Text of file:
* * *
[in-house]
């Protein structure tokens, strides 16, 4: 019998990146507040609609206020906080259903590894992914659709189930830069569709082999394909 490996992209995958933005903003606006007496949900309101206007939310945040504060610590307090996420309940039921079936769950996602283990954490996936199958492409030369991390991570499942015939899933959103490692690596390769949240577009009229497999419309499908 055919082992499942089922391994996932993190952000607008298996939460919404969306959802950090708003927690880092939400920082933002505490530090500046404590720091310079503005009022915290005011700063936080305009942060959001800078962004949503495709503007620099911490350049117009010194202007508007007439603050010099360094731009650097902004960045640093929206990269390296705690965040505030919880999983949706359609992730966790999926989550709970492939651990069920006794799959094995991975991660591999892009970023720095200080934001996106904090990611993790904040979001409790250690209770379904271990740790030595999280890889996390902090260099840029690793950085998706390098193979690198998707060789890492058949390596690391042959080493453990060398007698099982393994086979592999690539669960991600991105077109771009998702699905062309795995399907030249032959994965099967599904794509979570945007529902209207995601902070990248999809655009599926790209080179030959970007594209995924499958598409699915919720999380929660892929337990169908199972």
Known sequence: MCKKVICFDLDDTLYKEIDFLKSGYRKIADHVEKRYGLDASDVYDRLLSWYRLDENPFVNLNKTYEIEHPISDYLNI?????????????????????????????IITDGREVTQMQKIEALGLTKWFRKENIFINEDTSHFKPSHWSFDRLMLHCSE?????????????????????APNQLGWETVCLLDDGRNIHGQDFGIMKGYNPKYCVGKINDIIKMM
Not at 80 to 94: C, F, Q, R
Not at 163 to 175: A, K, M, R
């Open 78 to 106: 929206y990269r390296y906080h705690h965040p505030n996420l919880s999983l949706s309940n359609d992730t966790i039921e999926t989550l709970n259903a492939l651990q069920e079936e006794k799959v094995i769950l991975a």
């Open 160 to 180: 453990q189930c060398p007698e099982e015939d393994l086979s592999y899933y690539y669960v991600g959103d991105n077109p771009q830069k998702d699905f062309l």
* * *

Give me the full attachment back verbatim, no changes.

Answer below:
[in-house]
């Protein structure tokens, strides 16, 4: 019998990146507040609609206020906080259903590894992914659709189930830069569709082999394909 490996992209995958933005903003606006007496949900309101206007939310945040504060610590307090996420309940039921079936769950996602283990954490996936199958492409030369991390991570499942015939899933959103490692690596390769949240577009009229497999419309499908 055919082992499942089922391994996932993190952000607008298996939460919404969306959802950090708003927690880092939400920082933002505490530090500046404590720091310079503005009022915290005011700063936080305009942060959001800078962004949503495709503007620099911490350049117009010194202007508007007439603050010099360094731009650097902004960045640093929206990269390296705690965040505030919880999983949706359609992730966790999926989550709970492939651990069920006794799959094995991975991660591999892009970023720095200080934001996106904090990611993790904040979001409790250690209770379904271990740790030595999280890889996390902090260099840029690793950085998706390098193979690198998707060789890492058949390596690391042959080493453990060398007698099982393994086979592999690539669960991600991105077109771009998702699905062309795995399907030249032959994965099967599904794509979570945007529902209207995601902070990248999809655009599926790209080179030959970007594209995924499958598409699915919720999380929660892929337990169908199972």
Known sequence: MCKKVICFDLDDTLYKEIDFLKSGYRKIADHVEKRYGLDASDVYDRLLSWYRLDENPFVNLNKTYEIEHPISDYLNI?????????????????????????????IITDGREVTQMQKIEALGLTKWFRKENIFINEDTSHFKPSHWSFDRLMLHCSE?????????????????????APNQLGWETVCLLDDGRNIHGQDFGIMKGYNPKYCVGKINDIIKMM
Not at 80 to 94: C, F, Q, R
Not at 163 to 175: A, K, M, R
């Open 78 to 106: 929206y990269r390296y906080h705690h965040p505030n996420l919880s999983l949706s309940n359609d992730t966790i039921e999926t989550l709970n259903a492939l651990q069920e079936e006794k799959v094995i769950l991975a």
């Open 160 to 180: 453990q189930c060398p007698e099982e015939d393994l086979s592999y899933y690539y669960v991600g959103d991105n077109p771009q830069k998702d699905f062309l």